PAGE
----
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AFP Diversity and Inclusion Survey Report Provide Baseline for Future Work

Perhaps the most significant barrier to fostering diversity and inclusion in the charitable giving sector is the confounding lack of information on the number of people from diverse communities who currently identify as fundraising practitioners. 

The issue of a diversity and inclusion census is one of the key learnings in the newly released Diversity and Inclusion Survey Report, which follows an October survey designed by the AFP Diversity and Inclusion Committee and the AFP Research Council.

The survey was disseminated among AFP members and to other fundraising professionals through partner organizations, including CFRE International, African American Development Officers Network, Canadian Association of Gift Planners (CAGP), Grant Professionals Association and Native Americans in Philanthropy.  

AFP‘s commitment to building diversity and facilitating inclusion in the profession is one of the four primary pillars of its strategic plan.  The research represents a first step toward a specific goal of the 2013 Diversity and Inclusion Summit convened by AFP, the D5 Coalition and the Joint Affinity Group.

“What we quickly realized at the Summit is that we simply didn’t know enough about diversity and inclusion in the profession and the nonprofit sector,” said Jaye Lopez Van Soest, CFRE, the chair of AFP’s Diversion and Inclusion Committee. “The survey covered a new number of key areas that give us a sense of where the profession is with respect to diversity and inclusion and what is realistically possible now and into the future. It sets the foundation for our future work, and I want to thank all of our partnering organizations for their assistance in disseminating the survey.”

Diversity and Inclusion in the Workplace

In its findings, more than a third of respondents indicate their sense that the number of ethnically diverse fundraising professionals has increased since 2001.  Only four percent feel it has decreased; fifty-nine percent say the number is about the same. Most of those responding to the question say that their answer is based on personal observations of the number of people from diverse communities at conferences, those employed in their community’s nonprofit organizations or who are members of professional fundraising associations.

Seventy-five percent of those surveyed by AFP say that their organization prioritizes inclusiveness and eight-nine percent say they are treated fairly at work, although those who identify as White/Caucasian are slightly more inclined to feel this way over peers who identify as people of color.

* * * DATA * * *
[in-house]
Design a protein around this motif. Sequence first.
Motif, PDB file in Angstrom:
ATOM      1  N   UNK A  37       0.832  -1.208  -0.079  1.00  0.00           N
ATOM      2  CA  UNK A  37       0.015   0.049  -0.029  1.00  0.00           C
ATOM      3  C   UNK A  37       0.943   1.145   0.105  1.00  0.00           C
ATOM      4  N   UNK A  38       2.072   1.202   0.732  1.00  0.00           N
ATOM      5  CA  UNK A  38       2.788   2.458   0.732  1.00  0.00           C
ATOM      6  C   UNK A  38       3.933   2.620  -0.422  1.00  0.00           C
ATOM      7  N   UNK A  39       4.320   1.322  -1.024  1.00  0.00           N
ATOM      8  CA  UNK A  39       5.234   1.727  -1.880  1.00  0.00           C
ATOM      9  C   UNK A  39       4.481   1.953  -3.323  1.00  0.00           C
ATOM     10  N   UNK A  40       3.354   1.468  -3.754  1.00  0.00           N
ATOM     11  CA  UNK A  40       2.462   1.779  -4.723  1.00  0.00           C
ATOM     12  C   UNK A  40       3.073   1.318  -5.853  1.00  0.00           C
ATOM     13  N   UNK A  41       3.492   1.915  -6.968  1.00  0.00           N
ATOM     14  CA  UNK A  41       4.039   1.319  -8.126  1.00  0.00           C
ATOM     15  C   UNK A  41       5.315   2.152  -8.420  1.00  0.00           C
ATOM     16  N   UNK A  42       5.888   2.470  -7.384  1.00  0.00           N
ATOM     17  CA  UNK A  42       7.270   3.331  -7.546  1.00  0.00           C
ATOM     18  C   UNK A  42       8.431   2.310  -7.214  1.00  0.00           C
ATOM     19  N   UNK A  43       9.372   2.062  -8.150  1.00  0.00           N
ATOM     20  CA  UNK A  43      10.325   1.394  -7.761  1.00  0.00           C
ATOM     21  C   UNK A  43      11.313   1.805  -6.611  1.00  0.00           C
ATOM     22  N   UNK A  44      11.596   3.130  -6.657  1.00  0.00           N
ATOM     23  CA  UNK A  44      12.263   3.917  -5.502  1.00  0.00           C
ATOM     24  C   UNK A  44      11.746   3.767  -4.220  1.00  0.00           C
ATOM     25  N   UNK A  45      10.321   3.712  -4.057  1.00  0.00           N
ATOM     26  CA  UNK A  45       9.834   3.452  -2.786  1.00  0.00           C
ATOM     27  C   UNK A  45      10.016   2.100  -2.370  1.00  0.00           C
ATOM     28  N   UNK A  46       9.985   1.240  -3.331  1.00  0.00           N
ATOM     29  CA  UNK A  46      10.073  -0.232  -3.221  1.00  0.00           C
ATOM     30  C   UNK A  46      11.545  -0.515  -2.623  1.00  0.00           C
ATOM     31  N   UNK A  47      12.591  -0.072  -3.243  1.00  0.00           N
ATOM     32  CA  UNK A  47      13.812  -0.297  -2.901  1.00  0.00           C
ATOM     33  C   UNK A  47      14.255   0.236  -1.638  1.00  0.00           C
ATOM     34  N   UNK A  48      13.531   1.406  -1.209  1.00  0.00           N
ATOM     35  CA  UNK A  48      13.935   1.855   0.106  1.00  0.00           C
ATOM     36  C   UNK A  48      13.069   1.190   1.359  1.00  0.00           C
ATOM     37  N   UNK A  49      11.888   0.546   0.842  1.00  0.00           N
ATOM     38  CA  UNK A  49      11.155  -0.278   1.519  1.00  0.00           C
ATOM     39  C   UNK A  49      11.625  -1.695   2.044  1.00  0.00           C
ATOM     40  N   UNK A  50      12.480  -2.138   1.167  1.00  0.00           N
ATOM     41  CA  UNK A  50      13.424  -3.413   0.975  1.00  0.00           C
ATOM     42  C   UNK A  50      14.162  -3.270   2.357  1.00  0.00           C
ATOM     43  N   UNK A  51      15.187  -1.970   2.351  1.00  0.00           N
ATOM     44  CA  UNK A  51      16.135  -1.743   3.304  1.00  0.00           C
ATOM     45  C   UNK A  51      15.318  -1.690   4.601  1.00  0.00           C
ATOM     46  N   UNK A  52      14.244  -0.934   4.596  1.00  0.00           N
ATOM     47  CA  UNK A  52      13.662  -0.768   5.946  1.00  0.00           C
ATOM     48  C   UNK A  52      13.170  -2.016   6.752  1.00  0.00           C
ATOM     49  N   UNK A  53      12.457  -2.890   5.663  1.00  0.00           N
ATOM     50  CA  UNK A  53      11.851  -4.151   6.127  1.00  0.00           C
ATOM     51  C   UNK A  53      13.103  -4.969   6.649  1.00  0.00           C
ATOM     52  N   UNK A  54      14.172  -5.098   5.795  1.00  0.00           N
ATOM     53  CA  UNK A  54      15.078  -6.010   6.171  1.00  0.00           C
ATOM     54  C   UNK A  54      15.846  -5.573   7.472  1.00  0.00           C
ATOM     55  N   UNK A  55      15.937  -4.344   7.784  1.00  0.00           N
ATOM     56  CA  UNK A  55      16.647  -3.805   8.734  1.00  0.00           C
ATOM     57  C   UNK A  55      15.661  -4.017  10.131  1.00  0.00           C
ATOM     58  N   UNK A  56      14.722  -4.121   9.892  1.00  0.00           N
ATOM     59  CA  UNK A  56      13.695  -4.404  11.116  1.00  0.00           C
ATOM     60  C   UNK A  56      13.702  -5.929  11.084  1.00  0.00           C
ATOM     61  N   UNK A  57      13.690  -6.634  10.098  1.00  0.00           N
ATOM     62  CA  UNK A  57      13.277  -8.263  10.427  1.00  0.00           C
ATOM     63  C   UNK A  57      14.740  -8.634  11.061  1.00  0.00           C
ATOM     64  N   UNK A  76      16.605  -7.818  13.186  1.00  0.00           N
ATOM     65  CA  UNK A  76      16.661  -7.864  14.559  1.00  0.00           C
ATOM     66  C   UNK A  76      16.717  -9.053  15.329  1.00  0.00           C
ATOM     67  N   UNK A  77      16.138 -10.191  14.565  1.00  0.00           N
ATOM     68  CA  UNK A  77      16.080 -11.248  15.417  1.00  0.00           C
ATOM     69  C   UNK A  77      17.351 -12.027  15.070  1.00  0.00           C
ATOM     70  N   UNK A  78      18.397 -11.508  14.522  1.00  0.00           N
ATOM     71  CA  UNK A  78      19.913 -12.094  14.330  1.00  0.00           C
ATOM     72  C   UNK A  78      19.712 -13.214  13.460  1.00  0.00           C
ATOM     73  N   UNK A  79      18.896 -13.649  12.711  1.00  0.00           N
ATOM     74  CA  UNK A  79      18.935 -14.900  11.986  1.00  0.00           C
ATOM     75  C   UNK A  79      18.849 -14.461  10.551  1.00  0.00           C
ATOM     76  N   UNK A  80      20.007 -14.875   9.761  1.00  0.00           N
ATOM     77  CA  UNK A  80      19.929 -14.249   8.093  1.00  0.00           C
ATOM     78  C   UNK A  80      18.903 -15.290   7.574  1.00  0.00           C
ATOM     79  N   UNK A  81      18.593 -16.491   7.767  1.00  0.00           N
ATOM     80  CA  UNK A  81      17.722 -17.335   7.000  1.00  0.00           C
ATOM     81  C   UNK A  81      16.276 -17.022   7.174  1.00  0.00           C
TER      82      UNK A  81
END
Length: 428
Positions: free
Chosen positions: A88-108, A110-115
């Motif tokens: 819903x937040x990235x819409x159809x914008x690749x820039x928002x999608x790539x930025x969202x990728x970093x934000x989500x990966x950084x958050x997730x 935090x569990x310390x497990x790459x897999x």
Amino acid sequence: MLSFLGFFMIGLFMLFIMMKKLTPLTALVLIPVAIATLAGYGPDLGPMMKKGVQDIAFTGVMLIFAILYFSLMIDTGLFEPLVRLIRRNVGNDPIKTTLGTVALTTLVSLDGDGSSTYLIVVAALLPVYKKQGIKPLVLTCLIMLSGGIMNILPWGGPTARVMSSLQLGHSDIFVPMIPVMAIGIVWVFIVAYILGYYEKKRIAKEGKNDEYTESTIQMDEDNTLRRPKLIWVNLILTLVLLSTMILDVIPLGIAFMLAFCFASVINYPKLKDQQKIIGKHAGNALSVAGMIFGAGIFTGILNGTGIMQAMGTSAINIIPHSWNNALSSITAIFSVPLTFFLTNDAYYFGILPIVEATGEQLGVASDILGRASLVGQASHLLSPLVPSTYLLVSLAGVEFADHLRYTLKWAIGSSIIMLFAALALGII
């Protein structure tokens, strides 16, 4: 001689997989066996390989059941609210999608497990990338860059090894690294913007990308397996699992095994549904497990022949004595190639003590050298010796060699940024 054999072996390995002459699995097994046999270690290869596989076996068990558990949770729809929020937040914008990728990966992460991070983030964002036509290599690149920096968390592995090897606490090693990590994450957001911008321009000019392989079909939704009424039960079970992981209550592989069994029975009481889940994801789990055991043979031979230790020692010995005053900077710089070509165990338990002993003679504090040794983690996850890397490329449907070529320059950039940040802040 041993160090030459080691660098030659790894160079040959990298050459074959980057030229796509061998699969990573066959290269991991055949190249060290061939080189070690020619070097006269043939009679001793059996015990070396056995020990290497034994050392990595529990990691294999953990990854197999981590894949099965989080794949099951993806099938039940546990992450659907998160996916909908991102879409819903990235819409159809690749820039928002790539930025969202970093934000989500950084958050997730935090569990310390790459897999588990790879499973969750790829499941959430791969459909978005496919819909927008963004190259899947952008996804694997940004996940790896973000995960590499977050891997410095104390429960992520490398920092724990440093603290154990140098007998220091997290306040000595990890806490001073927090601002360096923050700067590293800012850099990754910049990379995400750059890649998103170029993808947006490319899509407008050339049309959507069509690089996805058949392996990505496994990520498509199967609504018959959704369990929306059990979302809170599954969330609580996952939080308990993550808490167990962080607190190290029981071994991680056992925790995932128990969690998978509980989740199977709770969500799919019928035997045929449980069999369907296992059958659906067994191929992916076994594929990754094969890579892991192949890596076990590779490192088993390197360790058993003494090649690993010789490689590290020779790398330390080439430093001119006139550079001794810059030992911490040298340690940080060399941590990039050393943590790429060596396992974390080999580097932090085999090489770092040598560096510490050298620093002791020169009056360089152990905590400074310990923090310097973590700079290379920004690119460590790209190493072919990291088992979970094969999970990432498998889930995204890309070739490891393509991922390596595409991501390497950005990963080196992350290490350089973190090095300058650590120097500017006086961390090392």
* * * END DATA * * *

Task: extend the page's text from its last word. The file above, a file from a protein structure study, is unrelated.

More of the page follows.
Additionally, people of color responding to the survey are much more likely to see insufficient organizational diversity as a challenge to their careers.  However, in findings aligned with those in the UnderDeveloped report, most respondents indicate that organizational dysfunction, non-supportive management and poor understanding of fundraising requirements are the biggest career challenges they face.

Longevity in the Profession

Among its other major findings, the study reveals that ninety percent of survey respondents intend to stay in the fundraising professor for a minimum of three to five years.  This represents a significant increase over the forty percent of fundraising professionals cited in the 2013 report UnderDeveloped: A National Study of Challenges Facing NonProfit Fundraising, who indicated that they were uncertain that they would be career fundraisers.

Training and mentors are both positively associated with plans to stay on in the fundraising profession. Over eighty-percent of those surveyed say that employer-subsidized training is available to them.  Fifty-seven percent have taken external training programs that are specifically related to fundraising while another nine percent say they intend to take a training course in the near future.

Although only forty percent say they have a mentor, a full eighty-eight percent of those who do say that the mentor-protégé relationship has helped them in their careers.  Almost half of those with a mentor report that they initiated the relationship.   Well over half (sixty-five percent) of the respondents cite that professional colleagues are the primary source of work-related advice and counsel, and fifty-seven percent say their professional advice comes primarily from professional associations and related fundraising conferences.

The full survey report can be found here on the AFP website.

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